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    Specifically I do not follow anyone, I try to think for myself. I feel most people who have had a reasonable education would do the same. In my earlier years politicians were fairly individual and put forward the concerns of the peoples from within their electorates. Today they have to toe the line party wise or your out. So democracy has gone in my view. And Shorten as with Turnbull follow that dictatorial way. And in feeding the sheeple with hollow nothings in the xmas messages it is clear.

    As for trying to label or class peoples into different groups you perpetuate the idea of drafting and controlling individuality.
     
  10. noco

    noco

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    So you don't even follow the social ideology of the Greens which you have often said you are member.

    So under socialism would workers loose their penalty rates like they did at Cleanevent and Chiquita?

    Under Socialism I understand that everybody is equal...Therefore if you are a Labourer, a plumber or a doctor you all get the same rates of pay......You down down tools when your 38 hours are up.
     
  11. explod

    explod explod

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    The is no flexibity in you thinking noco, under your world wed be tin soldiers all in a row. Waste of time discussing anything reasonable with you ole pal. Have a good one
     
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  12. noco

    noco

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    Oh come on Plod, I am serious....I want to know more about Socialism and what really happens and I could not think of anyone more suited to explain it to me.
     
  13. PZ99

    PZ99 ( ͡° ͜ʖ ͡°)

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    That doesn't mean anything. You can still "fight" for penalty rates regardless of who they are set by. It's the one reason I stopped voting Liberal - every time they get in they bash penalty rates - cost John Howard his seat to an ABC journalist. LOL
     
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  14. noco

    noco

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    But didn't Bill Shorten bash the penalty rates for Cleanevent and Chiquita or have you forgotten?..Shorten also allowed 457 visa for Mc Donalds to allow them to bring in overseas workers at very low rates of pay.

    Years ago when shops closed at midday on Saturday and there was no weekend trading, penallty rates were awarded to those who worked 40 hours Monday to Friday for the one employer and then were asked to work on Saturday or Sunday......Now we have have businesses open almost 24/7 and workers are taking a second job with a different employer to make ends meet and then expecting penalty rates before they have worked their now 38 hours for the second employer...What I am trying to say is the system has been exploited by the unions....If employees want to take a second job on weekends over and above their normal job Monday to Friday, should they be entitled to penalty rates or not?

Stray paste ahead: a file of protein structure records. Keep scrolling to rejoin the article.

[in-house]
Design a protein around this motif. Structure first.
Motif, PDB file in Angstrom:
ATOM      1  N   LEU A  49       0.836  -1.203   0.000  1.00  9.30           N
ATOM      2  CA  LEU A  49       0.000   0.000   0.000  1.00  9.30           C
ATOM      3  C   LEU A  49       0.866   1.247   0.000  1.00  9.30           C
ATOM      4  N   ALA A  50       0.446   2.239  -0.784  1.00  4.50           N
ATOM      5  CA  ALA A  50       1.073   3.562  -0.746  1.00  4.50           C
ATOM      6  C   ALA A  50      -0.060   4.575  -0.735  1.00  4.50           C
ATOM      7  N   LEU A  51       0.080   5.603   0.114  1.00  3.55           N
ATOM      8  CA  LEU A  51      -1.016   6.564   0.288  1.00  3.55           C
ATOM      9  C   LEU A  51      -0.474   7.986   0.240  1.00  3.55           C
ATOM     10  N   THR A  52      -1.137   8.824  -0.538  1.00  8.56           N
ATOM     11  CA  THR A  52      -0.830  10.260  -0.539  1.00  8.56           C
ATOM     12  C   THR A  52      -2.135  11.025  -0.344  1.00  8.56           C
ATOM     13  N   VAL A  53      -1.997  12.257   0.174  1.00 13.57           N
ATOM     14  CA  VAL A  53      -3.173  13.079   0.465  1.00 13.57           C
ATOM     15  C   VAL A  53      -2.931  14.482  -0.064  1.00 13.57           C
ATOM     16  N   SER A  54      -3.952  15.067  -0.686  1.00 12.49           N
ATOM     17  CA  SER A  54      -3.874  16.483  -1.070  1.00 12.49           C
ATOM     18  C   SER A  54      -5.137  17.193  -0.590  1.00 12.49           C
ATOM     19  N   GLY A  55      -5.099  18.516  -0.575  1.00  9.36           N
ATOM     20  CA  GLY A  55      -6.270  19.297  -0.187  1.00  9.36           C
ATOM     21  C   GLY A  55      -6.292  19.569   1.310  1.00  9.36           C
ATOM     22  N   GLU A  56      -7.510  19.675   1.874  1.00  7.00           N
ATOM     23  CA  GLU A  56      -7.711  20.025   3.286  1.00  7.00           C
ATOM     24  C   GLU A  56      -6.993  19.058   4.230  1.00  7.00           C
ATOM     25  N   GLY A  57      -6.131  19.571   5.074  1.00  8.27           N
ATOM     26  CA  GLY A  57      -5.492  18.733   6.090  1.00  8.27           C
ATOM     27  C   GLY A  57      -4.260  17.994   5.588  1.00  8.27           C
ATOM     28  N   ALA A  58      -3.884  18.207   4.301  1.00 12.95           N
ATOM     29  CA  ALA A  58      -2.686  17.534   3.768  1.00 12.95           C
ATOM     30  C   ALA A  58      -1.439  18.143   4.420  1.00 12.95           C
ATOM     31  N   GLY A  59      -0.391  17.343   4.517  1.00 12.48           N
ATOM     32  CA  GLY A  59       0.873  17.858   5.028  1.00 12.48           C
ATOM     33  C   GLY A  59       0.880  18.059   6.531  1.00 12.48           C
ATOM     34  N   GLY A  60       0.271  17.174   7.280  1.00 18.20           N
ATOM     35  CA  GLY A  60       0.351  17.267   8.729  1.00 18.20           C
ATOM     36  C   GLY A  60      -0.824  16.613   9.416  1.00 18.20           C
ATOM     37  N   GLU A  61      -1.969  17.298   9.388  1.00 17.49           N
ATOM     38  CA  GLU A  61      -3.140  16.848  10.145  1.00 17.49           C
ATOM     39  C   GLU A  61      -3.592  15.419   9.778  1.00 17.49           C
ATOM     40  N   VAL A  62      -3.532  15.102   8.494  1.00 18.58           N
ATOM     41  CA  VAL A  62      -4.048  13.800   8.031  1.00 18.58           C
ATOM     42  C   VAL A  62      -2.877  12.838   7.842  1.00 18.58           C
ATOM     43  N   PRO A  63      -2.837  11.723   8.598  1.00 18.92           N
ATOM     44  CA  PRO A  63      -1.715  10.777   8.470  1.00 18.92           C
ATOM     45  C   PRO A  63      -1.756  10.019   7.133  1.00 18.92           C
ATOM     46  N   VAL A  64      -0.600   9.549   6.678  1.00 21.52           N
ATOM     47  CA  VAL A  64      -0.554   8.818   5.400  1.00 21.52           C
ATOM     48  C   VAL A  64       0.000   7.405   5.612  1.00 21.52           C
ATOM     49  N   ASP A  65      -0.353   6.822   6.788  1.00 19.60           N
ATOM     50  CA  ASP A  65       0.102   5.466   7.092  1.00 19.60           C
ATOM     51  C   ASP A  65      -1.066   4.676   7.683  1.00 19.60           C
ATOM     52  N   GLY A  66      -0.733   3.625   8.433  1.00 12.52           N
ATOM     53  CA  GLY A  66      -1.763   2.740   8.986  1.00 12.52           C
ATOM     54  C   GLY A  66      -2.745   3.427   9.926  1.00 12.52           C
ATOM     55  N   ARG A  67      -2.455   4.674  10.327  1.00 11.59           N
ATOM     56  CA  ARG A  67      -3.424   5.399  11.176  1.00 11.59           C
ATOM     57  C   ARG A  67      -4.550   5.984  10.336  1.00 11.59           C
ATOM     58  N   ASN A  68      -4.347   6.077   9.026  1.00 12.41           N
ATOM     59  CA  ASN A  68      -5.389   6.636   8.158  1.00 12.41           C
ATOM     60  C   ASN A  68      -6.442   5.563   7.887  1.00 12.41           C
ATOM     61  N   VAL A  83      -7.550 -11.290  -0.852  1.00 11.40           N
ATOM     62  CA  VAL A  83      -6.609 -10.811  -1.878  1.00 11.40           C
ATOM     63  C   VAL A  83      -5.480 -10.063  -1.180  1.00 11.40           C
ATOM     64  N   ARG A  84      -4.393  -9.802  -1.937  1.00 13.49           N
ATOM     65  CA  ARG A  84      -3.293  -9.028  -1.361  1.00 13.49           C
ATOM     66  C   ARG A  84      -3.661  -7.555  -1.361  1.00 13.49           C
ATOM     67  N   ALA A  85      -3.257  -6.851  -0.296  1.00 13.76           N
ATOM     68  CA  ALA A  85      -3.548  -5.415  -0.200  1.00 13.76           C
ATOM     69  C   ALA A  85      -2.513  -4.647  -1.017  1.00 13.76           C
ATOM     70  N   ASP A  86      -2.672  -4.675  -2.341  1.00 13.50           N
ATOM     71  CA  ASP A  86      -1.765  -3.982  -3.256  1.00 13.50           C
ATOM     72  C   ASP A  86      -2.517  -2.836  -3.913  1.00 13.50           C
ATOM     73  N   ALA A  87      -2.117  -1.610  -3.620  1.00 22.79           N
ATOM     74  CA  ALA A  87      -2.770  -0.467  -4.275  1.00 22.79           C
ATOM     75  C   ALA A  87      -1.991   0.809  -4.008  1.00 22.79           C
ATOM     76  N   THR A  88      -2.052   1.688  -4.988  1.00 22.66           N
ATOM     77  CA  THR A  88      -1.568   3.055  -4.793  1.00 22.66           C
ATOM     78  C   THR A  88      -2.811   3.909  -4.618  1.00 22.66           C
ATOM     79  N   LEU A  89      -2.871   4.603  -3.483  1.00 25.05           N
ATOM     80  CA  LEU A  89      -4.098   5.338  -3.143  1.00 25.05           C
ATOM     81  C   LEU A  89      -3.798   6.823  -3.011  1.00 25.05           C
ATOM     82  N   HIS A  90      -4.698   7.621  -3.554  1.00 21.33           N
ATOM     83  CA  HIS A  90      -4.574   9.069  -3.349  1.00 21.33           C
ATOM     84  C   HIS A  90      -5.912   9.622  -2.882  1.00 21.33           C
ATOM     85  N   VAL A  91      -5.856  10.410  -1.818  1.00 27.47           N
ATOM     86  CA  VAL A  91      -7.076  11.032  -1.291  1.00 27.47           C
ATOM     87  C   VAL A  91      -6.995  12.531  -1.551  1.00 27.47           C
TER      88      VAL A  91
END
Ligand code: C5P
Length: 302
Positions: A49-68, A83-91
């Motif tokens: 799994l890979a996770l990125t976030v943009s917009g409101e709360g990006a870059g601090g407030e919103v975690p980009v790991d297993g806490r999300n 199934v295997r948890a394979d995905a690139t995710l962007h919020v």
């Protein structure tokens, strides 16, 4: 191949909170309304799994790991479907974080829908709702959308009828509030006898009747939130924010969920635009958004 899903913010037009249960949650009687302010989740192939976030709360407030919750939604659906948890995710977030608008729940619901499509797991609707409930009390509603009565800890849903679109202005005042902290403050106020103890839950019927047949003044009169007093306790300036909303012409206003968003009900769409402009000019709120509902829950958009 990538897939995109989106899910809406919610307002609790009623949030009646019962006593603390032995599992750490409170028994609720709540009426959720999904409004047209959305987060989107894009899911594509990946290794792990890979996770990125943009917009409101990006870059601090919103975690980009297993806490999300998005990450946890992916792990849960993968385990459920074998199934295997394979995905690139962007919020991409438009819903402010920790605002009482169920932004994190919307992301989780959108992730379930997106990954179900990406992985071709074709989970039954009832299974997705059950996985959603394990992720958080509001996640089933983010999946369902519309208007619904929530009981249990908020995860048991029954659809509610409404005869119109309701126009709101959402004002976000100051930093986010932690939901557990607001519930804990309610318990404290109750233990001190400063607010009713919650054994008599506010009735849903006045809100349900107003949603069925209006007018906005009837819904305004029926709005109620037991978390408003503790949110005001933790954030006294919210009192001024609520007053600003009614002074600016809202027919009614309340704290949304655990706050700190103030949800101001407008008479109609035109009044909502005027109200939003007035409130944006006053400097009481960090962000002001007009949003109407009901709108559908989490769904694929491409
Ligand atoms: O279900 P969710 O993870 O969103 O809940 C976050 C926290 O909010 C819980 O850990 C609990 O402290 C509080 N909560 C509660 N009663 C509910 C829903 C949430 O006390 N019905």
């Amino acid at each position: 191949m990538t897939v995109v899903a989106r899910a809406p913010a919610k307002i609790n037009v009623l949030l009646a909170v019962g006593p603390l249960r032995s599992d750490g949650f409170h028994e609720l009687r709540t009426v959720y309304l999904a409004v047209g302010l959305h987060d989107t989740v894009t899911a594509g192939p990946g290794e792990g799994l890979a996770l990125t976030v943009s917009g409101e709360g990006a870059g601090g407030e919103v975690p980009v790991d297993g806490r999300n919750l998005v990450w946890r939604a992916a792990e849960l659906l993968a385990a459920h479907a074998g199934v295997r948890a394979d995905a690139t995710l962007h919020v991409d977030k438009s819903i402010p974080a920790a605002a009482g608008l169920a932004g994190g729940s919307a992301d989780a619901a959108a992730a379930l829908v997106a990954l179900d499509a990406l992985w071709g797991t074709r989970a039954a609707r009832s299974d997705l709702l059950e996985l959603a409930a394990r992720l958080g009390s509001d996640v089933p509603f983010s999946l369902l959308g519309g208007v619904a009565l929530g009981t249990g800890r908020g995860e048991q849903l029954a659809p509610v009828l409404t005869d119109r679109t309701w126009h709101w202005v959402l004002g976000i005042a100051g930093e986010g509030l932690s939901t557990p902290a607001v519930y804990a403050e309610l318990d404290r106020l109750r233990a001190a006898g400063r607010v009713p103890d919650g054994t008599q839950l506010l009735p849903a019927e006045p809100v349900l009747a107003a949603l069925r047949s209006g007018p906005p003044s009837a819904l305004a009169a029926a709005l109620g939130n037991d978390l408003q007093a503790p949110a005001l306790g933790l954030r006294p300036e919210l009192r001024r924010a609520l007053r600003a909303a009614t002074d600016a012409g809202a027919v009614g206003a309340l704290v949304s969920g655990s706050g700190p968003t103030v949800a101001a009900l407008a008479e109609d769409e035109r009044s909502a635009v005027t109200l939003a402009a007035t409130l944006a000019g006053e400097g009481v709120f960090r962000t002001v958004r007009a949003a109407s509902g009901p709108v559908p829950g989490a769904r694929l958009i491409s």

15. PZ99

    PZ99 ( ͡° ͜ʖ ͡°)

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    Absolutely they should. The error you are making is linking penalty rates with overtime. Did you work yesterday? Or the Day before? :)
    Penalty rates have nothing to do with overtime. They are a rate set to reimburse an employee for working non sociable hours.

    I have to laugh at this claim by the business community that we are a 24/7 society. We're not. If we were there would be no weekends. No weekends = banks, schools, stock market open every day and every night.

    Employers want to kill off penalty rates solely to increase their profits or in the case of small business to become viable (if they aren't viable under this current climate they're in the wrong game)

    I'm well aware of the Bill Shorten Cleanevent and Chiquita affair. I'm also well aware that since that time the Howard Govt killed off penalty rates altogether and elements of this Govt want to do it again.
     
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  16. noco

    noco

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    This link may change your mind about Howard killing off penalty rates when in fact it was instigated by Paul Keating and followed on by Labor MP Mark Butler.

    Enjoy the ride.


    http://www.theaustralian.com.au/nat...s/news-story/aa039ea7e0a43053401e4faedf198901

    Labor’s Mark Butler has hailed a landmark deal to slash penalty rates as the realisation of Paul Keating’s economic vision, as the Abbott government said the complicated “machinery” of the penalty rates system could be further redesigned.